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  1. Target Audience: A target audience is a group of people identified as being likely customers of a business. The target audience may be dictated by age, gender, income, location, interests or a myriad of other factors. Depending upon what you sell, your target audience might be a niche or broader. As a marketer, understanding your target audience is vital.
  2. Brand Essence: Brand essence is the core characteristic that defines a brand. It is an intangible attribute that separates your brand from your competition’s brand by your audience. It is emotional and based on feelings. Brand essence is intangible for your audience, unique to your brand and, most importantly, reliable.
  3. Brand Promise: a brand is a source of a promise to the consumer. It promises relevant differentiated benefits. Everything, as an organization does, should be focused on enhancing delivery against its brand’s promise. The ideal powerful benefit has the following three qualities: 1) It is extremely important to the target customer; 2) Your organization is uniquely suited to deliver it, and 3) Competitors are not currently addressing it.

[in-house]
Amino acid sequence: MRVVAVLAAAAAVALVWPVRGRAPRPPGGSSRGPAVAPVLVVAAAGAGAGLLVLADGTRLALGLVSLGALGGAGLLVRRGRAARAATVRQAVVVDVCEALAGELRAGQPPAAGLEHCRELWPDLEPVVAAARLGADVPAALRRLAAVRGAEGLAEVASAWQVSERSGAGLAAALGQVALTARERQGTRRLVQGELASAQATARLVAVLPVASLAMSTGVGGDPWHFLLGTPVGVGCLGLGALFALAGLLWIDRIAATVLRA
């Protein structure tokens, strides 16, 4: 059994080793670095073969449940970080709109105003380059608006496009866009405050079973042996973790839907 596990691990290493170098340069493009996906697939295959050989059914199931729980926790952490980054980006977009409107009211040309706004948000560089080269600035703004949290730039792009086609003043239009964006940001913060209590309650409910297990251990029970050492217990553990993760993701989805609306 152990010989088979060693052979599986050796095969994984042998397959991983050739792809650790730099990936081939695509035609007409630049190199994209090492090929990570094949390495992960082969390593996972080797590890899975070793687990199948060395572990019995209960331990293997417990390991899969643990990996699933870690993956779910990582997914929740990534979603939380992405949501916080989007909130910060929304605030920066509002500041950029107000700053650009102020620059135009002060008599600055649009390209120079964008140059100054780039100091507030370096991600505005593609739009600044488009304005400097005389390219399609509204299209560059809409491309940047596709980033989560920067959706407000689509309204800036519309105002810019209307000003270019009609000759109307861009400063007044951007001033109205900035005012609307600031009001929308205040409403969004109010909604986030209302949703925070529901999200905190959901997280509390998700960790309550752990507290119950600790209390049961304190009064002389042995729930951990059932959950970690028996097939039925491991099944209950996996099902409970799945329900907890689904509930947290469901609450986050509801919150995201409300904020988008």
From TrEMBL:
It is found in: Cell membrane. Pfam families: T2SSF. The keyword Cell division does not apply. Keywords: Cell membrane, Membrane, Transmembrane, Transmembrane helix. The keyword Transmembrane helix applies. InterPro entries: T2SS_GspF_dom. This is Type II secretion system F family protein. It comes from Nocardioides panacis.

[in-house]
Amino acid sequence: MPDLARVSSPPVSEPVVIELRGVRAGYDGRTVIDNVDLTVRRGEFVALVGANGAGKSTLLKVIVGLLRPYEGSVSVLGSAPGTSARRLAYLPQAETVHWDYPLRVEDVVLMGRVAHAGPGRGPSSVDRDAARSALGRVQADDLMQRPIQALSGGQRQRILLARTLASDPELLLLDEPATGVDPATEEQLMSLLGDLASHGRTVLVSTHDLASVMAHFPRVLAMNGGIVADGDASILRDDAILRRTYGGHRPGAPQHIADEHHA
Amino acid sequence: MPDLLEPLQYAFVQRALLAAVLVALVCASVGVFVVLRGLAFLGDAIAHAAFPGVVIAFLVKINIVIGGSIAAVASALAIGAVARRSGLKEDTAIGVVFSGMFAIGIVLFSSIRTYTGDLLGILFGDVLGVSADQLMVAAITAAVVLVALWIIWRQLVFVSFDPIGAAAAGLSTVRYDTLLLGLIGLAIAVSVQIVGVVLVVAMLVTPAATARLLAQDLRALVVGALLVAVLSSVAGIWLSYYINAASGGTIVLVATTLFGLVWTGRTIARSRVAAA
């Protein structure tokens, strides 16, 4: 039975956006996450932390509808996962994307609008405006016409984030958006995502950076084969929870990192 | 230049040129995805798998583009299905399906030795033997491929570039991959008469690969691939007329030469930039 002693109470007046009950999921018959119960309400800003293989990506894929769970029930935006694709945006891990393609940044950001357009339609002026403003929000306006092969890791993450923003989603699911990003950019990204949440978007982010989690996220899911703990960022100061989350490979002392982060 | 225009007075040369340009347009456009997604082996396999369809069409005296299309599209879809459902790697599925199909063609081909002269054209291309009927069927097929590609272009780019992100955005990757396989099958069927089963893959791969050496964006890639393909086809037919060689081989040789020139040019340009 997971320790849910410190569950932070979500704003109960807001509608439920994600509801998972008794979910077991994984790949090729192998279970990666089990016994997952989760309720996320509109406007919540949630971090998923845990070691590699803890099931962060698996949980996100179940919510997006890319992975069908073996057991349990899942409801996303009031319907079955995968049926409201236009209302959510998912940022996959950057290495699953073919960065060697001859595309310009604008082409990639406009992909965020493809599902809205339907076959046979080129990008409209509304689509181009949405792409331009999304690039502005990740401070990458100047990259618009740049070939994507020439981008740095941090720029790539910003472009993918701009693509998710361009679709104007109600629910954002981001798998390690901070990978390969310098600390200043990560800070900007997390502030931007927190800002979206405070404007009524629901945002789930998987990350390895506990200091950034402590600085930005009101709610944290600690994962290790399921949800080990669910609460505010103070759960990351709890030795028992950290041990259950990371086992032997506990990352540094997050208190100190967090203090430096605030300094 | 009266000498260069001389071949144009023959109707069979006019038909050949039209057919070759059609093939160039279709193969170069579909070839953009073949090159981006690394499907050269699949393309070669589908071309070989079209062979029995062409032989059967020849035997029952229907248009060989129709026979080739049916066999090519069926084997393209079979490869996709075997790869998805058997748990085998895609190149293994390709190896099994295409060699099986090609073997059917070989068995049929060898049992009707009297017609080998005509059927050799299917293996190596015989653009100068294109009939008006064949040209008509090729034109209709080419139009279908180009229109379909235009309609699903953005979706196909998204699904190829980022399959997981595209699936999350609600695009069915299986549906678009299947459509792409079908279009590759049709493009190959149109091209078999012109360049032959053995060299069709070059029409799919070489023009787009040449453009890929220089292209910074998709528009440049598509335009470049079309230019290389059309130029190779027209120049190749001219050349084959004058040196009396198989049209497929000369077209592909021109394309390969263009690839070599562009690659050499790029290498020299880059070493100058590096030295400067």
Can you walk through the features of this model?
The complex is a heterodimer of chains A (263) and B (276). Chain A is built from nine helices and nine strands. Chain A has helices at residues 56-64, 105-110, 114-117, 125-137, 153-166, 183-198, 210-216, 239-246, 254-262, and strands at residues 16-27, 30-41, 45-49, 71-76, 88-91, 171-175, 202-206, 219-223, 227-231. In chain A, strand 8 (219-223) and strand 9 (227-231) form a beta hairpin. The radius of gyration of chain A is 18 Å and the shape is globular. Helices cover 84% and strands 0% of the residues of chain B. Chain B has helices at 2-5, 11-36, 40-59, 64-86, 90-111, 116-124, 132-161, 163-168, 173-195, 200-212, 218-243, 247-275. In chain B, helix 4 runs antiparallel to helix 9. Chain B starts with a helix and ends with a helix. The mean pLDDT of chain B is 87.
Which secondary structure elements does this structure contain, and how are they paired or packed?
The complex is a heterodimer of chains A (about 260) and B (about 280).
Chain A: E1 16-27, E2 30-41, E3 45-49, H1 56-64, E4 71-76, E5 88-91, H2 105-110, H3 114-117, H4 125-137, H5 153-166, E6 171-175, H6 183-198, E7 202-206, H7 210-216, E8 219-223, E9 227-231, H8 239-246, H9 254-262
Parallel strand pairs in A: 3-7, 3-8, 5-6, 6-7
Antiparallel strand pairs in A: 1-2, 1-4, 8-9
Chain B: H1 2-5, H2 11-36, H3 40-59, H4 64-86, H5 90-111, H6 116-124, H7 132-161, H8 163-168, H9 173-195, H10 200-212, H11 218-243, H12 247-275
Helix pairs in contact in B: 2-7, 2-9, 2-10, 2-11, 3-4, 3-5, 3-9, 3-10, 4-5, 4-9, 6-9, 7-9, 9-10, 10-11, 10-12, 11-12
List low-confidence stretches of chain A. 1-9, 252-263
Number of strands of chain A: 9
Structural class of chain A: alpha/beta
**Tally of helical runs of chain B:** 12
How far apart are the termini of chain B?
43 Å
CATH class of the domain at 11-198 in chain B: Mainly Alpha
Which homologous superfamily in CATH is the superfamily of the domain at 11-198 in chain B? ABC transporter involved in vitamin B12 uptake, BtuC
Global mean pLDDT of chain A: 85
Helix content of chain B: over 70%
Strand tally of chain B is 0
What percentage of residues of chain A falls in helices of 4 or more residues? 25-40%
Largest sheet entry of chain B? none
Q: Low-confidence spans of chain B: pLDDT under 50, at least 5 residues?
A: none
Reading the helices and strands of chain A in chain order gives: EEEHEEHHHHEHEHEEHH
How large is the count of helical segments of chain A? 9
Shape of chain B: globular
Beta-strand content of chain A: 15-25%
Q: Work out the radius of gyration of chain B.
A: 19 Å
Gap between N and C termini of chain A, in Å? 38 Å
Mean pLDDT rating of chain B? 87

4. Brand Archetype: There’s just something about the brands we connect with. We have an affinity with them that’s hard to put your finger on. It’s as if we know them. In some cases, it’s as if we love them. It’s generally the brand archetype. The most loved brands connect with their audience on a deeper level than most brands. brand archetype goes a level deeper, to identify the primary quality of motivation that underlies the brand’s view of the world and its behaviour.
  5. Brand Personality: Not all brands have a personality, or at least a strong, distinctive personality. However, those brands that do have personality have a significant advantage; they are more likely to stand out from the crowd and have a message. Brand personality is a set of human characteristics that are attributed to a brand name. A brand personality is something to which the consumer can relate; an effective brand increases its brand equity by having a consistent set of traits that a specific consumer segment enjoys.


Reference: Brad Vanauken (2015). Brand Aid: A Quick Reference Guide to Solving Your Branding Problems and Strengthening Your Market Position, second edition, American Market Association: New York